Chippewa Valley Newspapers - "Gableman campaign accuses group of showing bias toward Butler"
Judge Michael Gableman's campaign for the Wisconsin Supreme Court on Wednesday accused a new group monitoring the race of being biased in favor of his Gableman campaign adviser Darrin Schmitz asked the Judicial Campaign Integrity Committee to stop participating in the race in which Gableman is trying to unseat Justice
He cited e-mails made public Wednesday in which committee members blast the tactics of Schmitz and other GOP operatives, calling them "mercenaries" and a "demon." In another e-mail, a member appears to give Butler campaign advice.
The e-mails "not only reinforce my concern that the WJCIC is biased, but that it is now plainly obvious that the committee is purposefully hostile to Judge Gableman," Schmitz wrote in a letter to its chairman, Tom Basting.
Basting, president of the State Bar of Wisconsin, created the committee to act as a nonpartisan referee before the April election for a 10-year seat on the court. He said he wanted to protect the judiciary from a trend toward expensive and negative campaigns State Bar spokesman Tom Solberg said the committee was still reviewing the letter and drafting a response.
The committee challenged both candidates to run their campaigns according to the Judicial Code of Conduct and avoid false and misleading statements. Butler has signed the pledge, while Gableman, a Burnett County circuit judge, has refused.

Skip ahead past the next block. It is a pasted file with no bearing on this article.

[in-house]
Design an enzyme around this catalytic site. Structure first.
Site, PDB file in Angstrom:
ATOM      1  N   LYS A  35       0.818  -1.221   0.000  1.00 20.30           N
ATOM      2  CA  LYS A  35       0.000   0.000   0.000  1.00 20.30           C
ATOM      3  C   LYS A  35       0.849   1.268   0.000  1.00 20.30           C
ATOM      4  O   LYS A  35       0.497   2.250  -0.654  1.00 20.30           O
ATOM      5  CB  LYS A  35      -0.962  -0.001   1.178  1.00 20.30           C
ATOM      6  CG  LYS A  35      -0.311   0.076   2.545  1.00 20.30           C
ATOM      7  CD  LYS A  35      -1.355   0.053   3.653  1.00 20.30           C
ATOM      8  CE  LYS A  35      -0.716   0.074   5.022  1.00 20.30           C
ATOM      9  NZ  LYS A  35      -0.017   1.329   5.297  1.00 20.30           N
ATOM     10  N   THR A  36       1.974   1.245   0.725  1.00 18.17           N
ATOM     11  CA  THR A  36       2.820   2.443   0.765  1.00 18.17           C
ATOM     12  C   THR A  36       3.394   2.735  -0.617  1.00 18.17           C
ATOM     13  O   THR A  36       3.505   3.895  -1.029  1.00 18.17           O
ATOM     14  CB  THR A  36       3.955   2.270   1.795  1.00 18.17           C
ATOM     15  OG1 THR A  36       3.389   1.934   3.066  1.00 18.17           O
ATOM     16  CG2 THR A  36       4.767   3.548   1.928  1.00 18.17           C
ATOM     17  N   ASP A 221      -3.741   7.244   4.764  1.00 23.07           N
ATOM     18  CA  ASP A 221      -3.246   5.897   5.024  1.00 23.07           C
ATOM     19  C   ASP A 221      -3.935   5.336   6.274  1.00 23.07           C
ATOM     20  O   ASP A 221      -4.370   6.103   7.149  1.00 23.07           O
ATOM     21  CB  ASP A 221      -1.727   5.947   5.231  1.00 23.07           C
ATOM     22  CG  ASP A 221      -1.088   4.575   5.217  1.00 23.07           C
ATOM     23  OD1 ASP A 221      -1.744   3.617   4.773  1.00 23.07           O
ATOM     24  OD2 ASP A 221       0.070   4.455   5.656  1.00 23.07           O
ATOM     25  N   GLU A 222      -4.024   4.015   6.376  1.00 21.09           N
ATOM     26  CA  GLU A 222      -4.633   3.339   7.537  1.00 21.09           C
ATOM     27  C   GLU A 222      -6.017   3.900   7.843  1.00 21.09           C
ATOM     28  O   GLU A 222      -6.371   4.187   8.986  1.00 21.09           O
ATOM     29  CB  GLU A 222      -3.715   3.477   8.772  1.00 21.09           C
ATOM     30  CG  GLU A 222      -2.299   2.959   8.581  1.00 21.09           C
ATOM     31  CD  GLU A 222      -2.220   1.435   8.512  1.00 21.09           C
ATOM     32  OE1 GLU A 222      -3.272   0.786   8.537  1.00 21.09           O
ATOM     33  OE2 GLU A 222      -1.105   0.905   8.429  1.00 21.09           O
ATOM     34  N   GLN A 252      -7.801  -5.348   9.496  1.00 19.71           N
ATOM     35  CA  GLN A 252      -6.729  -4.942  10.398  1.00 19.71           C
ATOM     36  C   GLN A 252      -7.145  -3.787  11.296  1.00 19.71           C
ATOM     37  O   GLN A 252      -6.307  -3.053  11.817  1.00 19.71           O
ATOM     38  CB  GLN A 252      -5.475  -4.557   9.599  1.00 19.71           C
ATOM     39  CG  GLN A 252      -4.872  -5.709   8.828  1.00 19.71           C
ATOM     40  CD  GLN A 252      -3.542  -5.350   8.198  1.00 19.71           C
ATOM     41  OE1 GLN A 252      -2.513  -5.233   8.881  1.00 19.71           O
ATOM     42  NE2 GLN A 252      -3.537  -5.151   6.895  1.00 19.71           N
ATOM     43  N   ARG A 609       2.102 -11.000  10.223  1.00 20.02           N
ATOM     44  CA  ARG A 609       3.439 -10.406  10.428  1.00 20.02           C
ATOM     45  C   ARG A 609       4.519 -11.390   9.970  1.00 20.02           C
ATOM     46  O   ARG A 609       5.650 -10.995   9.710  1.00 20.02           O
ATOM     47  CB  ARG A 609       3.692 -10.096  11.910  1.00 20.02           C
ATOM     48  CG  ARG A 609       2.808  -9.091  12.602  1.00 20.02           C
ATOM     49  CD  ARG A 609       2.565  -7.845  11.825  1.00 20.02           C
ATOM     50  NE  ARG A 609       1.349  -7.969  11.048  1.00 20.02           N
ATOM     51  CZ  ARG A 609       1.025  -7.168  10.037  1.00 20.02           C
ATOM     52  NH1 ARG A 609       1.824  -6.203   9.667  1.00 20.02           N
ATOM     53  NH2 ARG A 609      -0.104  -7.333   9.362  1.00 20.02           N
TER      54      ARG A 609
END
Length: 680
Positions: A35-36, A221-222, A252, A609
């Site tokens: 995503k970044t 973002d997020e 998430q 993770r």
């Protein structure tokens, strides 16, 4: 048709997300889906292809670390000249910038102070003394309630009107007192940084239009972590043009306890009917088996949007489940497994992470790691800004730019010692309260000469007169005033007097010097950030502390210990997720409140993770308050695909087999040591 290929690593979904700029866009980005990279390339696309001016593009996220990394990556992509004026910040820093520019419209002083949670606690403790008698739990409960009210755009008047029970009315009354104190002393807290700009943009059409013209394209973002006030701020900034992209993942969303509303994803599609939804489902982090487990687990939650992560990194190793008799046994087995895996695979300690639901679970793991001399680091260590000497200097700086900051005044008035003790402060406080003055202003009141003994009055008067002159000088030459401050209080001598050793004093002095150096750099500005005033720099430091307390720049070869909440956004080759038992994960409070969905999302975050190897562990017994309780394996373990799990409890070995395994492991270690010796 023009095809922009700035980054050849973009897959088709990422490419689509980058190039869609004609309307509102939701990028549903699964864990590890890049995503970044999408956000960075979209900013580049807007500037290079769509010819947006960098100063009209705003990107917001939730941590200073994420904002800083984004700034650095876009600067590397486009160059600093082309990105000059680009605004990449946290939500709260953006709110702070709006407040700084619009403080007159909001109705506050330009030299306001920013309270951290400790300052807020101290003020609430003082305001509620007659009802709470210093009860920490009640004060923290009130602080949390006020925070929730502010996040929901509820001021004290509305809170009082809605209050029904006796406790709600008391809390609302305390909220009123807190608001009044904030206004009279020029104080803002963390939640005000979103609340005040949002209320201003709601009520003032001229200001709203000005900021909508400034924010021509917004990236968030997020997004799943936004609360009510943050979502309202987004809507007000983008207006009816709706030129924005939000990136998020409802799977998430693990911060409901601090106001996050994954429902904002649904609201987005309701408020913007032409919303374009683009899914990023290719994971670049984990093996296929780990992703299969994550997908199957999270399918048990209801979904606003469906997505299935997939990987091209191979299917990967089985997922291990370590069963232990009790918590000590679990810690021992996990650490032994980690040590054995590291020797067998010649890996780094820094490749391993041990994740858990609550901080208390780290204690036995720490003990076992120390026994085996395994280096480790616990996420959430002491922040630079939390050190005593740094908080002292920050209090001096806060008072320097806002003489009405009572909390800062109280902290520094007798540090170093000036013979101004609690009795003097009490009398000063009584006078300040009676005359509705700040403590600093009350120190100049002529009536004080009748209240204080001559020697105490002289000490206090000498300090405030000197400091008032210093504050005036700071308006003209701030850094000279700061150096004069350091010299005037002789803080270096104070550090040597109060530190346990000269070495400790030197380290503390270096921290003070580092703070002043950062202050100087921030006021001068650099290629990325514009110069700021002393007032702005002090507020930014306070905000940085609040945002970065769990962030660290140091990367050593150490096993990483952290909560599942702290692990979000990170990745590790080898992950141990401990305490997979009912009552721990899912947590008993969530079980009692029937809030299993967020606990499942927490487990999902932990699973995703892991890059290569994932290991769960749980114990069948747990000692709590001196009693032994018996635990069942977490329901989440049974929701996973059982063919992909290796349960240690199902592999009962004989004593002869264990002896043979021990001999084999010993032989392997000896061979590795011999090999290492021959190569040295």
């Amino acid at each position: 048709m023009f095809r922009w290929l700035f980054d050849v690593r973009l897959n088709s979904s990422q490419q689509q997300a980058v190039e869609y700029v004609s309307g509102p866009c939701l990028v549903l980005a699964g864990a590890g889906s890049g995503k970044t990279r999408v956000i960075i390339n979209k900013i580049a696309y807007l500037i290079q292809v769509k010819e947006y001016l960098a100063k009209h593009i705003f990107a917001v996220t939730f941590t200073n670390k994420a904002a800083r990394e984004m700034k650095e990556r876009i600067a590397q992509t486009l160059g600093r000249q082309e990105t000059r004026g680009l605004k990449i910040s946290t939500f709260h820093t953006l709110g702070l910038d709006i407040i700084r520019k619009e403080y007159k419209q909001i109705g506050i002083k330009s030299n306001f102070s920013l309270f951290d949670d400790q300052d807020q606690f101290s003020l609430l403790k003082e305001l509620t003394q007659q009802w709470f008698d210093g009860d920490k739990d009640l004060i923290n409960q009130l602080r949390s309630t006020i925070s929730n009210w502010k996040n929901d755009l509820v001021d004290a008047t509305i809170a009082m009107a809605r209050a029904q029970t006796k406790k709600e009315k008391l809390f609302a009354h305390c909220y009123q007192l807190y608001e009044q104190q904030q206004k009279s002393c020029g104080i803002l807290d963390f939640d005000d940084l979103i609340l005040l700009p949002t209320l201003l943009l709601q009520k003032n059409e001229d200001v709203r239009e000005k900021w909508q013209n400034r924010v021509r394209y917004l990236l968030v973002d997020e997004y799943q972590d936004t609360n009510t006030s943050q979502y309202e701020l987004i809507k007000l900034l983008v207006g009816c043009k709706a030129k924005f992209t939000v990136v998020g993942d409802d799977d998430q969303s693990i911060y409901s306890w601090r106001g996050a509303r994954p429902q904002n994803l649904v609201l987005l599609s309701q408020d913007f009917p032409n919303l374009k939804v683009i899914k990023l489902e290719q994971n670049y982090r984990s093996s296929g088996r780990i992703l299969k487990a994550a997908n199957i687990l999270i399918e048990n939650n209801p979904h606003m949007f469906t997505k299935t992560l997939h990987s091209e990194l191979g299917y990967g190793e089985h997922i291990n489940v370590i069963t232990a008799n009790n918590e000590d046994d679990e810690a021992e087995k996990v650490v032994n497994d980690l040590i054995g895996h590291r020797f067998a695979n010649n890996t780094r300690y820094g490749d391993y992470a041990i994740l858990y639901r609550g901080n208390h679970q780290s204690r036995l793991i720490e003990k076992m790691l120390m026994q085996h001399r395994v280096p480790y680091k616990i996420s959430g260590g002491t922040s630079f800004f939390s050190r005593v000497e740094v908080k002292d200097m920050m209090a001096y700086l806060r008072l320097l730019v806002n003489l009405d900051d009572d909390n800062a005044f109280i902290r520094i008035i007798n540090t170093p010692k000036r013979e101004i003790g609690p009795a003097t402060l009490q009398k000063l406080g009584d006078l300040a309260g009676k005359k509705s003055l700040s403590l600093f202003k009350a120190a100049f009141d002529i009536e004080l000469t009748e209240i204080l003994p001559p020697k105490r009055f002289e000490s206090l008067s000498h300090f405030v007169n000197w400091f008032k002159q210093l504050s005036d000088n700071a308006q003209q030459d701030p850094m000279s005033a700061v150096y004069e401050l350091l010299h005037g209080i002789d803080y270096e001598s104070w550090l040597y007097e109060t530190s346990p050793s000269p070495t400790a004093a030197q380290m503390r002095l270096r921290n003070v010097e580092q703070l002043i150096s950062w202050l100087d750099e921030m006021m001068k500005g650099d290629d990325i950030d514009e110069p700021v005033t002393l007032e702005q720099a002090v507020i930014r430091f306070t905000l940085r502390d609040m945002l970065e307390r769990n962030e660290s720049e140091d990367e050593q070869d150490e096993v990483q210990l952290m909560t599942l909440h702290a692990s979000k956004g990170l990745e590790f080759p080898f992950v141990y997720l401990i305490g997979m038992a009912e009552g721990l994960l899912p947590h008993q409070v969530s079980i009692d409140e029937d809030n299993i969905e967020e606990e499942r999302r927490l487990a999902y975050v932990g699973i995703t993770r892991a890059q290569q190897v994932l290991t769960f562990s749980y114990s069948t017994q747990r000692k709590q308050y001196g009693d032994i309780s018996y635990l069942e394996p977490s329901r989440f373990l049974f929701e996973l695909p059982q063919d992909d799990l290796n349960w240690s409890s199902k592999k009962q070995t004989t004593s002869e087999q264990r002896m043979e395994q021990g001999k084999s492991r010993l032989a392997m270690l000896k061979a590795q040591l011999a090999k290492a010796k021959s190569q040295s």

Basting rebuked Gableman's campaign in December for accusing Butler of siding with criminals over law enforcement in his rulings. Gableman has defended the statement.
Conservative bloggers and radio hosts have claimed for weeks that the nine-member committee is biased. Among other things, they note member and former Democratic Gov. Tony Earl donated $100 to Butler in 2000.
While the race is officially nonpartisan, Gableman is aligned with Republicans and Butler is E-mails obtained by the Wisconsin Club For Growth under the open records law detail the group's inner workings. They show member Bill Kraus, a former aide to Republican Gov. Lee Sherman Dreyfus, was frustrated that Gableman had refused to sign the pledge.
"Someone--maybe me--should also question the advice he is getting and even the mercenaries he's getting it from if he doesn't take the pledge," he wrote to group members.
In another e-mail, he called Schmitz "the legitimate child of the demon (GOP operative) R.J. Johnson." Johnson does work for the Club for Growth.
Dave Deininger, a retired judge who has since resigned from the committee, also blasted Gableman's adviser after he felt Schmitz mischaracterized the group's rebuke of Gableman.
"This type of blatant spin is, I'm afraid, par for his course," he wrote.
E-mails show the committee decided not to take any action after Wisconsin Manufacturers & Commerce, the state's business lobby that is backing Gableman, posted a video online in which a Marquette University professor blasts Butler's rulings.
But Kraus wrote that the video created an opportunity for Butler's campaign.
"Butler can talk about the professor's oversimplifications and about the megaphone supplied by WMC and take the boost that gives him without mentioning his opponent," Kraus wrote. "And, of course, he can also use the platform this attack provides to talk about what the campaign is really about and his own virtues."
Butler spokeswoman Erin Celello said the campaign never received any advice from Kraus. She said the real issue is Gableman's failure to sign the pledge.
"It's clear that he's given no instruction to his campaign to follow it," she said.